· The concept of dependent persons should, however, be understood in its broad sense to include persons who depend for their physical and also emotional existence substantially and directly on the family member with whom reunification is sought.
· The element of "dependency" should also be assessed against other relevant considerations, notably the cultural particularities of a population, as well as social foras including conflict and violence which can create special needs or bonds
V. Position: UNHCR promotes and assists the reunification of family members of concern. This would include not only Convention refugees, but also those who may have been granted long-term stay under a humanitarian/ protection scheme for refugee-related reasons.
· A number of refugees currently granted humanitarian right to remain are, for UNHCR, refugees.
· Many granted humanitarian stay have indistinguishable protection needs, thus should benefit from equivalent rights attached to Convention refugees, notably in this context as regards family reunification.
· UNHCR has regularly expressed concern that a number of States do not allow for family reunification for individuals granted humanitarian right to remain.
VI. Position: Family reunification from Macedonia/Albania/Montenegro should be approached flexibly, respecting the above positions IV and V. Given limited resources on the ground, UNHCR would not be able to actively facilitate all such individual family reunifications.
· Respect for family unity is a right all refugees are entitled to rely upon.
· The initiative is normally with members of dispersed families themselves to pursue reunification, including through setting in train the necessary formalities (obviously whenever this is possible without risk to themselves or other family members).
· Financing of the travel of family members from abroad is, in principle, the responsibility of the refugee family. Some resettlement countries organize and pay for individual family reunification travel of refugees. (please refer to Chapter 5.7 of the Resettlement Handbook -- Specific Aspects in Family Reunification Cases, including UNHCR activities)
· Given its stretched resources, and the particularities of the emergency, UNHCR is not in a position to undertake an across the board family reunification. It would have to prioritize its direct assistance, for example putting to the fore cases of unaccompanied minors.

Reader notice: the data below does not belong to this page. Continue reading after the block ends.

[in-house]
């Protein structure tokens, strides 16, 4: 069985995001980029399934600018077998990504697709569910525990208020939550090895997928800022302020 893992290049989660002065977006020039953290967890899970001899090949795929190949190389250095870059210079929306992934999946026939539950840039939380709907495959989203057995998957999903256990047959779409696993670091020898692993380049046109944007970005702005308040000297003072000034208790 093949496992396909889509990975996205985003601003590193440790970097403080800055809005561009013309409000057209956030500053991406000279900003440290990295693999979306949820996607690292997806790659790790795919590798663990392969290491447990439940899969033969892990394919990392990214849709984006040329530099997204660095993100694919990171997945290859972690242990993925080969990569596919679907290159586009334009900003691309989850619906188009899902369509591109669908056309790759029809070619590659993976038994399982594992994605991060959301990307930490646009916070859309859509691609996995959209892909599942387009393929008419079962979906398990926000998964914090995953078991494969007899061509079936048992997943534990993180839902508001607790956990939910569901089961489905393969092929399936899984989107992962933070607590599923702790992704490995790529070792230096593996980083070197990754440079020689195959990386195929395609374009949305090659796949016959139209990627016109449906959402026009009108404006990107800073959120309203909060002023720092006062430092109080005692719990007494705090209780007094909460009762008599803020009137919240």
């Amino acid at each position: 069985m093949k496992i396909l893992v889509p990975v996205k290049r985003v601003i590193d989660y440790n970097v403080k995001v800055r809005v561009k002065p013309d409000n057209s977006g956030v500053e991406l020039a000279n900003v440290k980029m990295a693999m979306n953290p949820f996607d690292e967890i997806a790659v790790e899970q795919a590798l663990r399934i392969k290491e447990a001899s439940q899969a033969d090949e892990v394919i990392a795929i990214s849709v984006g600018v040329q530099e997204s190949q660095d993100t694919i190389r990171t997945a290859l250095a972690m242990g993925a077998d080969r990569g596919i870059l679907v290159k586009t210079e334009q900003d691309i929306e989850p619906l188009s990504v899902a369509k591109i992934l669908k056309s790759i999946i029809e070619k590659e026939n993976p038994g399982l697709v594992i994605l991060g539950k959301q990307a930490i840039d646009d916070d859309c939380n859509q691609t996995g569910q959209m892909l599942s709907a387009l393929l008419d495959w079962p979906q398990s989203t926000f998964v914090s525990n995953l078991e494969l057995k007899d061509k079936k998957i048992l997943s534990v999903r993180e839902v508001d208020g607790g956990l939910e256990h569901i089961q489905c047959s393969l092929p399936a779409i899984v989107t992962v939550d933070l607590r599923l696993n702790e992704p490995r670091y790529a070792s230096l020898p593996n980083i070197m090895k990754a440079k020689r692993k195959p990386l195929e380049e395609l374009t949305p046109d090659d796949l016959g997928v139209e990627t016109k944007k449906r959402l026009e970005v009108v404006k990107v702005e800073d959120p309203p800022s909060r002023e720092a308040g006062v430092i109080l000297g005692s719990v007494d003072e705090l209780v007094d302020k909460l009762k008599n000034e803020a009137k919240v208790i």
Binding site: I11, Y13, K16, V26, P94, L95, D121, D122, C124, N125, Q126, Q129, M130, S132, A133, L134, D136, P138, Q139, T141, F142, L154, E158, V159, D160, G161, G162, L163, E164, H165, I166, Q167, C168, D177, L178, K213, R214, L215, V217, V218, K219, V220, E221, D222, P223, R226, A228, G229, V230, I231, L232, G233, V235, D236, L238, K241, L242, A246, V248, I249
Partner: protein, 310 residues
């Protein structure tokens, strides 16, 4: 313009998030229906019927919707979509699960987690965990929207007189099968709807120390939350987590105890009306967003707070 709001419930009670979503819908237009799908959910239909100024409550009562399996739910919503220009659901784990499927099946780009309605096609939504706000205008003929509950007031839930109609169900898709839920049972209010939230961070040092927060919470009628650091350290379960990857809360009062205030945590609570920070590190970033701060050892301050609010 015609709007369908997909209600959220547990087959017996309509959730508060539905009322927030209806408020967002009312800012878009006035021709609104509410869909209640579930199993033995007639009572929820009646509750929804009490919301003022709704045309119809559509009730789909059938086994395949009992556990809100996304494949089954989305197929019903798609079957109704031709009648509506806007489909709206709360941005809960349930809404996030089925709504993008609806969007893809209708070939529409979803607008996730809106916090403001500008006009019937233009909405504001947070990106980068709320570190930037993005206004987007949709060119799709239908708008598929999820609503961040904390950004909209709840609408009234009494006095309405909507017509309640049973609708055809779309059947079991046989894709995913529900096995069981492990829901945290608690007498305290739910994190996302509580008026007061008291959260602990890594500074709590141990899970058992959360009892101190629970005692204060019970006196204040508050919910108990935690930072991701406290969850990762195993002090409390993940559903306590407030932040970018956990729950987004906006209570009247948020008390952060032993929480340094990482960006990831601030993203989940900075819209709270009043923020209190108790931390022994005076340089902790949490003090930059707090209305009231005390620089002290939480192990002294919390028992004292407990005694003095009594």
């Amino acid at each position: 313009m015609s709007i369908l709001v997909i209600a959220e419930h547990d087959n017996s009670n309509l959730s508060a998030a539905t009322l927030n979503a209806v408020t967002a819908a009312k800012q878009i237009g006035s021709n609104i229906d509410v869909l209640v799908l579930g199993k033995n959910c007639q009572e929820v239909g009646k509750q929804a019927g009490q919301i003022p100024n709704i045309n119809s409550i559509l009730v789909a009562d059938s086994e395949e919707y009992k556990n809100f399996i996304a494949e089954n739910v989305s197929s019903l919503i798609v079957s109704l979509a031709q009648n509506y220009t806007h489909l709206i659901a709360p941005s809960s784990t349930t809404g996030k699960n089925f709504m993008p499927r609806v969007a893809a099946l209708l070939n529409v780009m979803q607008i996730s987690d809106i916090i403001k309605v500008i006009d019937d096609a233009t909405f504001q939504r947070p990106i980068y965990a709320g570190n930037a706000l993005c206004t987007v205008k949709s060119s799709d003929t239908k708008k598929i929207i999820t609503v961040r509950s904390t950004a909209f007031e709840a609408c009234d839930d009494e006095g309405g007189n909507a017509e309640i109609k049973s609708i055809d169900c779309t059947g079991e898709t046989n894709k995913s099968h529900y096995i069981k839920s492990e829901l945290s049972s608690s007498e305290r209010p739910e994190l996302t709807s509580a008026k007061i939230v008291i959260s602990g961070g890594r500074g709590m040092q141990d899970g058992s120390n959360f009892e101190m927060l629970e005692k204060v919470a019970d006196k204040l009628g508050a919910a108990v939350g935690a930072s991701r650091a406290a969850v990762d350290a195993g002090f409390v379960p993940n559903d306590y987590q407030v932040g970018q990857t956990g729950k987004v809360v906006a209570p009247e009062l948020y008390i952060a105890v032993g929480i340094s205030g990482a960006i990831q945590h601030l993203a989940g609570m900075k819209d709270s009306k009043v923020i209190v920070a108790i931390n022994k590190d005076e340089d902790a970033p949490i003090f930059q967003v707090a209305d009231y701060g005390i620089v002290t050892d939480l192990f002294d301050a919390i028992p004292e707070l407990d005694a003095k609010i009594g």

· UNHCR assistance with family reunification would be outside the framework of the HEP, and structured in such a way as not to slow down, or jeopardize the HEP arrangements.
· By the same token, it would have to be understood by all concerned, not least the receiving countries, that family reunification of Kosovars should not lead to a situation where resettlement quotas were not available to meet urgent protection needs of non-Kosovars.
VII. Position: Reunited close and dependent family members should not involuntarily be split when the period of protection following evacuation expires.
· Measures must be taken by States to ensure that close and dependent family members are not involuntarily split when return is envisaged.
· For humanitarian reasons, exceptions should apply to existing legal schemes which would not necessarily have allowed for the reunification of such family members in the first place (ie. elderly dependent parents of the refugee).
VIII. Position: The ability to reunite families, when different members have departed to different countries, both in the context of HEP and otherwise, should be promoted and facilitated by States.
· In light of the rapid movements under the HEP, and despite all efforts to ensure that a family unit is kept together, in a number of cases, family members may in fact have been separated.
· States supporting the HEP should exercise the highest degree of flexibility in facilitating laterally the reunification of separated family members split between different HEP destination countries
IX. Position: Internally displaced persons in Montenegro should also benefit from family reunification with close and dependent refugee relatives in other countries.
· Families often separate during flight, and in the context of the Kosovo crisis, family members have been dispersed between Former Yugoslav Republic of Macedonia, Albania and Montenegro.
· It is important to recognize that measures on behalf of Kosovar families should extend to Montenegro and include family reunification.
· Where obstacles to family reunification, including lack of representation from States in the country of origin, exist, UNHCR could extend some assistance (or otherwise engage an NGO partner/ICRC) to facilitate reunification but, as indicated before, given limited resources on the ground, UNHCR would have to prioritize cases with particular vulnerabilities (eg. separated minors).